Friday, April 20, 2007

Robert J Sawyer

If you haven't figured out by now I am a fanboy. This would be a fanboy of the pale, skinny, goateed variety, not the obese, unshaven variety that you can ward off with a bar of soap.
I took half a day off work yesterday to go see Robert J. Sawyer speak at the Library of Congress. You don't seem impressed. Let me give you some idea how big a deal that was. Nearly every week there's a talk downtown, sometimes two or three, that I want to attend. It's at the Smithsonian or Library of Congress or somewhere like that and it's in the middle of the day. I've been to one other and that was only because government offices had been closed due to flooding or something. I should point out that I've been working in DC for five and a half years and this was the first time I've blown off work to go to one of these talks.

Robert J. Sawyer is a science fiction writer but he thinks of himself as more of a philosophical fiction writer. He lives in Canada and doesn't do the major book signing tours of the United States that other authors do. His last trip to DC was in 1998 and DC is a major tour site. This time he's going to Richmond, VA for a sci-fi convention and let the LOC know he was gonna be in the area. So they booked him for this talk. As a bonus he just had a new book come out so he'll be doing a signing on Sunday. Typically the signing would be enough. I'm a fan of Neil Gaiman but I'm happy with the little talk and Q&A before book signings. I wanted to hear what Sawyer planned to talk about.

The talk was on "Science Fiction as a Mirror for Reality" which was really an excuse for him to bash "Star Wars". Science fiction writers love to bash "Star Wars" and blame it for the decline of science fiction as a whole. Their reasons are good, too.

The first sci-fi book was "Frankenstein". Besides being the first story that really used a scientific idea as a basis for the story it also had a message to it. It's not just as simple as "don't play God". It's also studied from a feminist perspective. It's often said that when women can reproduce on their own they won't need men anymore. "Frankenstein" can also be said to say that when men can make life they won't need women anymore. Back in 1888 what power did women have other than having kids? The book sent the message that when men have the power to give life bad things will happen.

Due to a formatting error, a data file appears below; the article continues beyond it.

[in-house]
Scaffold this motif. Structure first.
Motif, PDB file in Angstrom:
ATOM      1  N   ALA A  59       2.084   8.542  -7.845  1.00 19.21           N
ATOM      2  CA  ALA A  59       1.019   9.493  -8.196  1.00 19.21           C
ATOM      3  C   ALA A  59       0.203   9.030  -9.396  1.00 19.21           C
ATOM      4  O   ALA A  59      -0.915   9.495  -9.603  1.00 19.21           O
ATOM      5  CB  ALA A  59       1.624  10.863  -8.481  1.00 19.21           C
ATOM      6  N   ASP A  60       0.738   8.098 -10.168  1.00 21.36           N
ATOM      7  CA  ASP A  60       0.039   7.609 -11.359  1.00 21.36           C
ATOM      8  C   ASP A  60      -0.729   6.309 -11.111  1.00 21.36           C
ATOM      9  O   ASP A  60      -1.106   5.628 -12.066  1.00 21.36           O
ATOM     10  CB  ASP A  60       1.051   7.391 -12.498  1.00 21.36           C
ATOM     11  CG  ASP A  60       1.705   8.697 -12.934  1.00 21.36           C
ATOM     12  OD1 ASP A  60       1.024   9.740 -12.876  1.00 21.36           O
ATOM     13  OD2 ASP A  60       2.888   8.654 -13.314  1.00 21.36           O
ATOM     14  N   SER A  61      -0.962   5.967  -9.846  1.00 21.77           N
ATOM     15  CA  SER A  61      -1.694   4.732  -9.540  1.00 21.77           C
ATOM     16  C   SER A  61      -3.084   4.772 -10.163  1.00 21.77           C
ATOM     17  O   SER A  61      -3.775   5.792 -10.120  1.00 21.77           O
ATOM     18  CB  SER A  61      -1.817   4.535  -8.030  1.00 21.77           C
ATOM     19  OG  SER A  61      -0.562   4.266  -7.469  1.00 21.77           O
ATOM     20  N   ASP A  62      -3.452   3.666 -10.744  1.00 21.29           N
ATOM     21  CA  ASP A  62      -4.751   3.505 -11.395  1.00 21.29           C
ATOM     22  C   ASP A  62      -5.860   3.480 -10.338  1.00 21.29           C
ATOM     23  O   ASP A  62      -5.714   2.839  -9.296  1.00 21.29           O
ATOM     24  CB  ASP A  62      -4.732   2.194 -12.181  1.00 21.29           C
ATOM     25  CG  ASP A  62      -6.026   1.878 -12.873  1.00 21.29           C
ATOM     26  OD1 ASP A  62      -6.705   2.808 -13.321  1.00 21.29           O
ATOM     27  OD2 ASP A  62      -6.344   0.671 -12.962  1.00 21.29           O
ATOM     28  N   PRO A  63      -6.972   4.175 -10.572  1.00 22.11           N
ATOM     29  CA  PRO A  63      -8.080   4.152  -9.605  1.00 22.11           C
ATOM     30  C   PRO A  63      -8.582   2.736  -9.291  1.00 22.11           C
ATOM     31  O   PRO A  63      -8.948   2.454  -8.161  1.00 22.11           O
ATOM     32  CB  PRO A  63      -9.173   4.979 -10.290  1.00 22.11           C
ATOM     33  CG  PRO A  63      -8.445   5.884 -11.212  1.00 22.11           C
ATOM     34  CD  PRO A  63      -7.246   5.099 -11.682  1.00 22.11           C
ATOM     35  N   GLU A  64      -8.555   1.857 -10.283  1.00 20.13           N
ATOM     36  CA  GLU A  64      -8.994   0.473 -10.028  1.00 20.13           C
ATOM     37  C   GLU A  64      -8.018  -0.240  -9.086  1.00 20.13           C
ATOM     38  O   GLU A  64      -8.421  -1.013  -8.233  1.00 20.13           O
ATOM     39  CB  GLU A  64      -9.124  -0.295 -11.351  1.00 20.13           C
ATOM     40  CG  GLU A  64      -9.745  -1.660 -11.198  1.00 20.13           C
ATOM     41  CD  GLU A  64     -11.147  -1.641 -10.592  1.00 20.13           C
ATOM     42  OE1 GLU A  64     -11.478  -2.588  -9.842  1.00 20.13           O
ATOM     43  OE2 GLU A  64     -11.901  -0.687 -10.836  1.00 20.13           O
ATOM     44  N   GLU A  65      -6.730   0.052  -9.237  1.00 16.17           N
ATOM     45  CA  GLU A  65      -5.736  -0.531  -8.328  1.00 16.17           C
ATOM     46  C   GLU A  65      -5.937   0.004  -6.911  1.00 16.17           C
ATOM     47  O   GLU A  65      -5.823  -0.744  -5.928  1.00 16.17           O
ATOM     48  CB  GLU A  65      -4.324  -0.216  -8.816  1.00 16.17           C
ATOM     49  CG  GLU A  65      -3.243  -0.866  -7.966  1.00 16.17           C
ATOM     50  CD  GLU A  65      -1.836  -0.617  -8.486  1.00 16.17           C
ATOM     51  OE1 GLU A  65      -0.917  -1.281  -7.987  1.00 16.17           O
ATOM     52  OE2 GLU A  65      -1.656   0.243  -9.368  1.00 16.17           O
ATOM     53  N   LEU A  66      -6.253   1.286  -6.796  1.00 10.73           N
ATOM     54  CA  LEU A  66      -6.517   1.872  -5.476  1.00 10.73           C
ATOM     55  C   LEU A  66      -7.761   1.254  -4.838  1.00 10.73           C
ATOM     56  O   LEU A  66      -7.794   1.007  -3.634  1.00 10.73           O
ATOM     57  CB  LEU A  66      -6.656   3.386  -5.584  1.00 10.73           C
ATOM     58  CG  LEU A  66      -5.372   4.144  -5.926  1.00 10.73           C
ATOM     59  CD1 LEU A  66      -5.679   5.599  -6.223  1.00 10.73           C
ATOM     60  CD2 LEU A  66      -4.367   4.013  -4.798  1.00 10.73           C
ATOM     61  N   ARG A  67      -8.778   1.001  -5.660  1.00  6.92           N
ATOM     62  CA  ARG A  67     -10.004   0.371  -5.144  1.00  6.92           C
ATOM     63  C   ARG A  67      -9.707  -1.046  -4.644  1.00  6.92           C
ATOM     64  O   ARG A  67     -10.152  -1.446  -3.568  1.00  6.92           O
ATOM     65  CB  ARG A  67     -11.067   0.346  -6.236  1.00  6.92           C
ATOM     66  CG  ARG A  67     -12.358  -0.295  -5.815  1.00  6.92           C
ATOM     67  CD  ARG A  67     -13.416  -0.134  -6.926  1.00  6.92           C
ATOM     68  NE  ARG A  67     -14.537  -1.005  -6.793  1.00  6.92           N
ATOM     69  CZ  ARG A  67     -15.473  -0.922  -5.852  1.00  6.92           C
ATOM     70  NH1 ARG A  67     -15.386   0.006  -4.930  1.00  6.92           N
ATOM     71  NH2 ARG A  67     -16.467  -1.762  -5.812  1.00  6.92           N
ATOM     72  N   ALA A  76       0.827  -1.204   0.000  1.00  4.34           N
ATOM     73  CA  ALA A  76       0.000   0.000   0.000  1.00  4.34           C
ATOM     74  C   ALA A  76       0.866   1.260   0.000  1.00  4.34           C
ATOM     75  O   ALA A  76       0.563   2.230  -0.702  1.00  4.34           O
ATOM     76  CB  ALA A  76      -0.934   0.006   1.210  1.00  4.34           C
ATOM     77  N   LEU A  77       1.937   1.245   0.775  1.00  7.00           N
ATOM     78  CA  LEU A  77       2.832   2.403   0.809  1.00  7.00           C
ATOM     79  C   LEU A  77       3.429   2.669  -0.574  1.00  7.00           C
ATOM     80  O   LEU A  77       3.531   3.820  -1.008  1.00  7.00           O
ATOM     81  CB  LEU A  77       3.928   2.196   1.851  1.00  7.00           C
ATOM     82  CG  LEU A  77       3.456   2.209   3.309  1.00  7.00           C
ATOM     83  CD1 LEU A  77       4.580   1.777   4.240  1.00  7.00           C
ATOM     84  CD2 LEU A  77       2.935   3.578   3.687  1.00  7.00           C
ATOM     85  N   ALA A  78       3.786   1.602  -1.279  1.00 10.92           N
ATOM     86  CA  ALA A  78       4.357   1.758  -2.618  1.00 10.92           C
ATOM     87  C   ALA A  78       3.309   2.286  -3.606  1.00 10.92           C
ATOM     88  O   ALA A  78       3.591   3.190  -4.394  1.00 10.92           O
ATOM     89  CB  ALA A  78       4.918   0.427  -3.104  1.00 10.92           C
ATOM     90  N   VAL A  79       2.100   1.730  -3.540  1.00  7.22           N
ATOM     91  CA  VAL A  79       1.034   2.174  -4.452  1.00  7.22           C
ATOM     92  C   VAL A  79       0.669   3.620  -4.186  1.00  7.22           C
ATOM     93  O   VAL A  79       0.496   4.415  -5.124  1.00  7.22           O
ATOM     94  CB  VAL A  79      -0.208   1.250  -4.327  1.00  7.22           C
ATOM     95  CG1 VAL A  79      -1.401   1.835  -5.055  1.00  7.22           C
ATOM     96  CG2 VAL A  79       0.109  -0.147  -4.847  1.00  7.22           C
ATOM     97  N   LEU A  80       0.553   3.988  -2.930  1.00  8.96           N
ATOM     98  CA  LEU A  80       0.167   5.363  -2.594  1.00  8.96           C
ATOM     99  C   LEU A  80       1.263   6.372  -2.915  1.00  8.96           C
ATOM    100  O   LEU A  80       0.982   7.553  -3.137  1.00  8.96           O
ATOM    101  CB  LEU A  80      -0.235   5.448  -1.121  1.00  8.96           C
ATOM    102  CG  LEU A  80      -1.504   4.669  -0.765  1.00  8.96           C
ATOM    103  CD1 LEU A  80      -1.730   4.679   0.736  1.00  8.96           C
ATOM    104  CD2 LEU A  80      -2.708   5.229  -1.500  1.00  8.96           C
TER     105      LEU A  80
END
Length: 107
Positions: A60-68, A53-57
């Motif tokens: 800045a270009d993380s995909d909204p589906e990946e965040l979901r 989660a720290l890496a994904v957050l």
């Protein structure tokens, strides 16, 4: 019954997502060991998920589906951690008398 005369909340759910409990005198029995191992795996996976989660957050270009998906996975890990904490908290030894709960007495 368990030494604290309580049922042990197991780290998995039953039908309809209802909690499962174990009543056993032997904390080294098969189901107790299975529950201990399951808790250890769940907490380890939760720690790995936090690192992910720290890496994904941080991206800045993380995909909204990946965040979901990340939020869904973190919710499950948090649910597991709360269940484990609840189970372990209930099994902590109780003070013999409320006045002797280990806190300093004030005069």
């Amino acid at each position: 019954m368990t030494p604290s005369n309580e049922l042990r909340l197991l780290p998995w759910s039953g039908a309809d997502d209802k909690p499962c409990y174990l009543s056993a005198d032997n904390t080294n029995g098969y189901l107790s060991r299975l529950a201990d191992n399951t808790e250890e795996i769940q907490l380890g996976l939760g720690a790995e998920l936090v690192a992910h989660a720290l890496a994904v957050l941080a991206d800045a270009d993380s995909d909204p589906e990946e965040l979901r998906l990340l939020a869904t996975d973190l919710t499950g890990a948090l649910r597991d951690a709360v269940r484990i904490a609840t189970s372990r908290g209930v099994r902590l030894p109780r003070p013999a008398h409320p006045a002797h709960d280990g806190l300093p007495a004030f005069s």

H.G Wells "Time Machine", "War of the Worlds", "The Invisible Man", "The Island of Doctor Moreau", and "The First Men in the Moon" are all prime examples of early sci-fi that lives on today. It's not the sci-fi that keeps them alive, but the reflection on the world that those stories give. The partitioning of society into upper and lower classes until they become just the worthless rich and the vicious poor. "War of the Worlds" is the tale of any conquering empire crushing another, but was based on the expanding British empire. Each story has something that makes it a commentary on modern society, often with a message that lasts.

Heinlein wrote about the folly of war. Asimov's robots were often about the nature of intelligence and when something goes from being a tool to being a slave. Most science fiction writers worked like that.
In the movies we had "2001", "Planet of the Apes", "The Day the Earth Stood Still" and others that tried to teach a lesson or make people think. "Star Trek" made social commentary that even an eight year old could comprehend.

Just as the genre was really starting to gain respect came "Star Wars". Six movies now and they all start with "Long, long ago in a galaxy far, far away...". The first thing the movie did was to say "do NOT take this seriously. There's nothing here to be learned."
The heroes of the movie are a drug runner, a farm boy introduced while buying and restraining slave labor, and a wise old man, the model of what's good and right, who doesn't even think of defending the droids when they're tossed out of Mos Eisley Cantina. By the end of the movie the heroes are all getting medals, even the mumbling carpet creature, but the droids stand aside and clap. Honestly, I always thought that the droids deserved medals but I never noticed the rest. Not even the fact that C3-PO always calls Luke "Master".

After that sci-fi just stopped being taken seriously even by itself. Oh, sure, there have always been sci-fi books and movies that didn't hold itself to the higher standard but you rarely hear about them except in "Mystery Science Theater 3000" reruns. But the last Trek series to try to have a message was "Next Generation". Sci-fi used to be a platform to give social commentary that you couldn't give in other genres without a religious or political group coming down on you. That's almost gone now. You get some in the new "Battlestar Galactica" but even that is mostly soap opera these days.

It was a great talk that I'm not giving justice to. If you get a chance to hear it then do.

See also a recent interview at

The first book of his to pick up is "Calculating God". I bought a new copy for him to sign because Mom still has my original copy. All of his books are thought provoking and good material for a good old fashioned philosophical discussion just like you had while hanging out at one in the morning back in high school or college.

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